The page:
05 May 1964
Supreme Court


Case number: Appeal (civil) 582 of 1961






DATE OF JUDGMENT: 05/05/1964


CITATION:  1965 AIR  555            1964 SCR  (8) 178  CITATOR INFO :  R          1966 SC 249  (16,32,62)  RF         1976 SC1207  (102)  R          1979 SC 246  (5)

ACT: Octroi-Tax  on  refund-Imposition if valid-Tax,  if  becomes fee-Whocan          claim          refund--Suit          for recovery--Limitation--Availability of 179 benefit--Bombay  Provincial Municipal Corporation Act,  1949 (Bom. 59 of 1949), &v. 127, 487.

HEADNOTE: The  respondent,  who had been carrying on the  business  of securing refund of octroi duty on behalf of persons who  had paid duty and were entitled to refund, claimed the refund of money  paid as octroi duty by his principals in  respect  of the period commencing from February 15, 1950, the date  from which the appellant became a Municipal Corporation under the Provincial Municipal Corporation Act, 1949.  After deducting ten percent of the amount in accordance with r. 18(3) of the Octroi  Rules, framed by the Municipal Authorities, the  ap- pellant--Corporation  paid  the balance to  the  respondent. The representation of the respondent that from the date from which the Corporation had come into existence, the deduction had become invalid in law. was turned down by the appellant. Thereupon  the respondent filed a suit for recovery  of  the balance  with interest.  The defence was that the  deduction was valid; that in any case, the respondent who was not  the person  who paid the amount, was not entitled to  bring  the suit, and that the suit was barred by limitation.  The trial court held the respondent was entitled to bring the suit and also that it was not barred by limitation but the  deduction was  valid  and  it  dismissed the  suit.   On  appeal,  the District  Court disagreeing with the trial court, held  that the  deduction was not valid in law, but the  plaintiff  was not  entitled  to bring such a suit and that  the  suit  was barred  by  limitation and it dismissed the  appeal.   On  a further  appeal  the  High  Court found  in  favour  of  the



respondent on all the three points and allowed the appeal. HELD:-(i)  A  tax on octroi refund is not one of  the  taxes which the Bombay Municipal Corporation could impose.   Apart from  the  absence of power to impose such a tax,  which  is clear from the earlier parts of s. 127 of the Bombay Act  of 1949  there  is the categorical prohibition  in  sub-s.  (4) against the imposition of any such tax by the Cor- poration. (ii)  Assuming,  without deciding, that such a levy  can  be validly made by   way  of fees under s. 466, since no standing order  was made under s.   466 prescribing any fee, it is not possible to  justify the deductions as _    levy of fee. (iii)The  tax did not become a fee merely  because  the new Act (Bom.  Act 59 of 1949), prohibited the imposition of such a tax. (iv)Cl. 5(a) of Appendix IV furnishes no justification  for the levy often percent deduction after February 15, 1950 when the Act 59 of 1949with  its  categorical prohibition  in  s.  127(4) against the imposi- tion by the Corporation of a tax which the State Legislature had  no  power  to  impose  under  the  Constitution  became applicable. (v)The respondent having made the claim in accordance with the rules was the person entitled to receive what amount was legally refundable, and so he was also entitled to bring the suit. / 180 (vi)The suit was not barred by limitation.  The benefit  of s.  487  of  Act  59  of 1949  would  be  available  to  the Corporation only if it was held that this deduction was  "an act  done or purported to be done in pursuance or  execution or intended execution of the Act."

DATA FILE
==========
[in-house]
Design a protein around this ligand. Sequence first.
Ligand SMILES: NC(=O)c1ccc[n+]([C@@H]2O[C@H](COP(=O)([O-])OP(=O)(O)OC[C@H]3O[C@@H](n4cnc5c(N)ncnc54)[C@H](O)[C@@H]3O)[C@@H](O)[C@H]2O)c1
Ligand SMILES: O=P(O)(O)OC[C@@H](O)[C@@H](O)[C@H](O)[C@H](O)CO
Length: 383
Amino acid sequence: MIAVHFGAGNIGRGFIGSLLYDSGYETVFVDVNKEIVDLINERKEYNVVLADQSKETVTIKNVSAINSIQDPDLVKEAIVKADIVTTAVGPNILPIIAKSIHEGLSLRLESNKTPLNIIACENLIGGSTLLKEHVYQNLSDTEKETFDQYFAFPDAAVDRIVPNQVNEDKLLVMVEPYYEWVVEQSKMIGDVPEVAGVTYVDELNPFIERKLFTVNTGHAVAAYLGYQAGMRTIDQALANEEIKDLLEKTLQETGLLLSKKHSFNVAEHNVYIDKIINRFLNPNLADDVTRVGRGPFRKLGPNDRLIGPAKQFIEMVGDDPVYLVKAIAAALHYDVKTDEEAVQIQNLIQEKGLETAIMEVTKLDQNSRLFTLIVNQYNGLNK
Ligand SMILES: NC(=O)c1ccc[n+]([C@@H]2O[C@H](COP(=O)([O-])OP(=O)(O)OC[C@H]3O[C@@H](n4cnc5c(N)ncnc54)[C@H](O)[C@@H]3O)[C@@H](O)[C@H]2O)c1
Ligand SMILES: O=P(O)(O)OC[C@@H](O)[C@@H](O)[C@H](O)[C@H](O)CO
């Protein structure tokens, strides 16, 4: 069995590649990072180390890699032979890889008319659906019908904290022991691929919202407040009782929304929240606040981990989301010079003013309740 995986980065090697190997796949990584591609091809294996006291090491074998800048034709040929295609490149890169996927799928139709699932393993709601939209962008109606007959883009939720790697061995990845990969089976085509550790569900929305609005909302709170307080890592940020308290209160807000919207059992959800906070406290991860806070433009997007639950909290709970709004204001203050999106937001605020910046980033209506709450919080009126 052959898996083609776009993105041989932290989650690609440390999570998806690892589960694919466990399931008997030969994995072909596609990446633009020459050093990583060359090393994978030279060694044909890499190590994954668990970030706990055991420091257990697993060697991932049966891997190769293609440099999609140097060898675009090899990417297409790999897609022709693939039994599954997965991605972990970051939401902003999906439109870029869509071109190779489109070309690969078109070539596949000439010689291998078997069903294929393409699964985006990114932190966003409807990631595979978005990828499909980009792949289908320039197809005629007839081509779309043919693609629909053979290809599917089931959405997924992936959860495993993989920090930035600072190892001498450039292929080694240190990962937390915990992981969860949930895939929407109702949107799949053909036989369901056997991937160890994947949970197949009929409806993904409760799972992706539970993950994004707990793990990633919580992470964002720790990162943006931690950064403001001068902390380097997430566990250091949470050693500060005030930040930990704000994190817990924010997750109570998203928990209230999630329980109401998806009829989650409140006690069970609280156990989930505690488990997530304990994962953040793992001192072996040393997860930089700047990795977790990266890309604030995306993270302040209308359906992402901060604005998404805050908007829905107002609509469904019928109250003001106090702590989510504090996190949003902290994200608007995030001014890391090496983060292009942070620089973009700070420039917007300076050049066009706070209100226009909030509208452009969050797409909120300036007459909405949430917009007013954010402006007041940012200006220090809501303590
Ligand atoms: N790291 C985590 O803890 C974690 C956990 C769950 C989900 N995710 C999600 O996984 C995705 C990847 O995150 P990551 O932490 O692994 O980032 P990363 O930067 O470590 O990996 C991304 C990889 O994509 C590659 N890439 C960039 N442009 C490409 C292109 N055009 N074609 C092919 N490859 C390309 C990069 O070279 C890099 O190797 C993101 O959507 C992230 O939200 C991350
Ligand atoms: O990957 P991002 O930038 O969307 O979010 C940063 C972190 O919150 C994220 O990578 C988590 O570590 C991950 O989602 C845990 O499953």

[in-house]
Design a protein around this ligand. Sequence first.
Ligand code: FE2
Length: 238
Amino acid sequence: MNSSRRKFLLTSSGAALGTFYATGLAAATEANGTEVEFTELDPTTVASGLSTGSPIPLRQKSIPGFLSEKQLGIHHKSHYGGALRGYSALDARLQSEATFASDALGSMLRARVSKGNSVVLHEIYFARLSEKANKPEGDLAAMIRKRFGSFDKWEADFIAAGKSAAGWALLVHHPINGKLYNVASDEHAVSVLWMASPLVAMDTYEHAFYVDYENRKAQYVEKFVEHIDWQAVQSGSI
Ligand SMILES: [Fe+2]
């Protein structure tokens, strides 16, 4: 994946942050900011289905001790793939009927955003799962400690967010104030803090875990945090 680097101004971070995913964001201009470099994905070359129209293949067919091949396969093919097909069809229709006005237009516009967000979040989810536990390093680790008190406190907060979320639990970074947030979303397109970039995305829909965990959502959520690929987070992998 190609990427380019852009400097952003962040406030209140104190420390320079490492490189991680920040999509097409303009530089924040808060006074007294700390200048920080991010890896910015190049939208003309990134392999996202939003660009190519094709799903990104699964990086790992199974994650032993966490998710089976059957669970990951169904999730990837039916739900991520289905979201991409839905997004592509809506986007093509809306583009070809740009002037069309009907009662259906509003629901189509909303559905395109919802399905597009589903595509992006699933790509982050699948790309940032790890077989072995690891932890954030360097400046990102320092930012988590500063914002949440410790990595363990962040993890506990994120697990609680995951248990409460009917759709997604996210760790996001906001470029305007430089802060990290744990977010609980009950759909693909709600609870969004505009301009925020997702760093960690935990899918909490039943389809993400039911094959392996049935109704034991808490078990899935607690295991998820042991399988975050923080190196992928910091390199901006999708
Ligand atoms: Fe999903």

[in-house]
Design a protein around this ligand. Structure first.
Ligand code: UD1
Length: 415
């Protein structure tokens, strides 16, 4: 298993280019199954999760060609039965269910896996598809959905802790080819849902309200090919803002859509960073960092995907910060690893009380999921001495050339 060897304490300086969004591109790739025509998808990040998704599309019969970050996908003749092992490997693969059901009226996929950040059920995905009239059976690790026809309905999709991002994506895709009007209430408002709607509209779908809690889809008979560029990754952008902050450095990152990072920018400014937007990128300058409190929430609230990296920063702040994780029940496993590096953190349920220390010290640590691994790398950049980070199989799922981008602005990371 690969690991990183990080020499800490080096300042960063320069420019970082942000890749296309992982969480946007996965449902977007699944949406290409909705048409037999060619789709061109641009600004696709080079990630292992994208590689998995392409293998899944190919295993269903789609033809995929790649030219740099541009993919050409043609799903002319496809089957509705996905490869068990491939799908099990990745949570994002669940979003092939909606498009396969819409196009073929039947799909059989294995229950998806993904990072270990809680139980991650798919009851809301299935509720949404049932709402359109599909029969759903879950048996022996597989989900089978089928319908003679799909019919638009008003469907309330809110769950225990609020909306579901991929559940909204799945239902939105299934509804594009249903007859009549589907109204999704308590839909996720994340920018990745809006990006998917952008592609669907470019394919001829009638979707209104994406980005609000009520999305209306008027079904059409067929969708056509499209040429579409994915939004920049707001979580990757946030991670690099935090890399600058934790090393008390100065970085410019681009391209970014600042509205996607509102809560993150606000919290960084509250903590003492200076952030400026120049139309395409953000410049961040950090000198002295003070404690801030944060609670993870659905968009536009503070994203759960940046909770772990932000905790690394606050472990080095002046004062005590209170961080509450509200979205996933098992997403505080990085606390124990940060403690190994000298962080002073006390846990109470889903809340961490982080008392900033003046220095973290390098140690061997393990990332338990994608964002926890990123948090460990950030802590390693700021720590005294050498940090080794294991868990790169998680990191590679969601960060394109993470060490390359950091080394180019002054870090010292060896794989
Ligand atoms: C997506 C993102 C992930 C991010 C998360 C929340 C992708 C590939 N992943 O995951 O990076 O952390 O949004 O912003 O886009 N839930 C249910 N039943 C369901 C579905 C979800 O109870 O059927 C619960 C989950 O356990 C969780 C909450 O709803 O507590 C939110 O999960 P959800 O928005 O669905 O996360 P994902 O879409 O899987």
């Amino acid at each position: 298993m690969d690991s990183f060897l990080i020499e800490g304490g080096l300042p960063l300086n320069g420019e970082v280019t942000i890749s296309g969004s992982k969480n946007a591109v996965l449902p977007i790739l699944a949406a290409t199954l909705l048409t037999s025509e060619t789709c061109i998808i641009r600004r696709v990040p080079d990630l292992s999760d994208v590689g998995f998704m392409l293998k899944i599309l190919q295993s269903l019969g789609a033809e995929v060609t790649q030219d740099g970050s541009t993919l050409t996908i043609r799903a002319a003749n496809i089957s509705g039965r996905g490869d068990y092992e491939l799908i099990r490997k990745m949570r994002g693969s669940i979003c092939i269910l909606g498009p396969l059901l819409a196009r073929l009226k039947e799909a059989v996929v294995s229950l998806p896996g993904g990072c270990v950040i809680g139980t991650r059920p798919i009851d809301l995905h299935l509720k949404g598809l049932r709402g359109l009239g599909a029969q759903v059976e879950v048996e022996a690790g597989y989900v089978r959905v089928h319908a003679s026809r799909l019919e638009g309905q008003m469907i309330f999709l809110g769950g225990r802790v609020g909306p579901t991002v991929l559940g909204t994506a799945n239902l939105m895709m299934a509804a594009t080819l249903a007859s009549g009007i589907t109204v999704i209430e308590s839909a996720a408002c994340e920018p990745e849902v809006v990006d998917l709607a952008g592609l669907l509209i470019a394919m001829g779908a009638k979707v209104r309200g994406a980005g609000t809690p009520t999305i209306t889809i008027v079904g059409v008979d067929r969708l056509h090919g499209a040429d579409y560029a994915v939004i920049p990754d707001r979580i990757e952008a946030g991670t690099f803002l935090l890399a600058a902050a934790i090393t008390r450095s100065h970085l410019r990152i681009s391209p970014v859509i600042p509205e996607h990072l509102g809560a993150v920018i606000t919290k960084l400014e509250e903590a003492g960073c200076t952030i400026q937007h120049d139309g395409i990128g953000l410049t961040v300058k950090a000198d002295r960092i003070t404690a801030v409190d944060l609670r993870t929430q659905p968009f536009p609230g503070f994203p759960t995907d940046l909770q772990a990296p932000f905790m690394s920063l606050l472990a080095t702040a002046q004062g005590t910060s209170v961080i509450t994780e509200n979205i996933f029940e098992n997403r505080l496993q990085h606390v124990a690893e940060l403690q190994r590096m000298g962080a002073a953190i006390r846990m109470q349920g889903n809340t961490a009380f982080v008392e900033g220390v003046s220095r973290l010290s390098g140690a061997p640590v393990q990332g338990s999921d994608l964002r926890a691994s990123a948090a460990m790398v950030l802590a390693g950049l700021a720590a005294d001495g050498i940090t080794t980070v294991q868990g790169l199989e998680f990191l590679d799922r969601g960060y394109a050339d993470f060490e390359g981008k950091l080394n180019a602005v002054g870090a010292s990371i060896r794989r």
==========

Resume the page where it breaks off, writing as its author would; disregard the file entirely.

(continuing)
JUDGMENT: CIVIL APPELLATE JURISDICTION: Civil Appeal No. 582 of  1961. Appeal from the judgment and decree dated August 25, 1959 of the Bombay High Court in Appeal No. 774 of 1956. S.   G. Patwardhan, S. B. Tarkunde, J. B. Dadachanji, O.   C. Mathur and Ravinder Narain, for the appellant. A.Y. Vishwanatha Sastri, M. R. Kotwal and Naunit Lal, for the intervener. May 5, 1964.  The Judgment of the Court was delivered by DAS GUPTA J.-This appeal is by the defendant, the  Municipal Corporation for the City of Poona, in a suit for recovery of money.   The Poona Municipality was formerly a  Municipality under  the Bombay District Municipal Act of 1901 (Act  3  of 1901).   In  1925 it became a Municipal  Borough  under  the Bombay  Municipal Boroughs Act of 1925 (Act XVIII of  1925). Later,  under  the Bombay provincial  Municipal  Corporation Act, 1949, Municipal Authority for the City of Poona  became a Corporation known by the name of Municipal Corporation for the City of Poona. It  appears  that  from  the  time  when  the  City  was   a Municipality  under Act 3 of 1901, an octroi duty was  being levied on goods imported within the Municipal limits of  the City.   When  such  goods  were exported  out  of  the  city municipal limits within specified periods, refund used to be given in respect of the duty so recovered.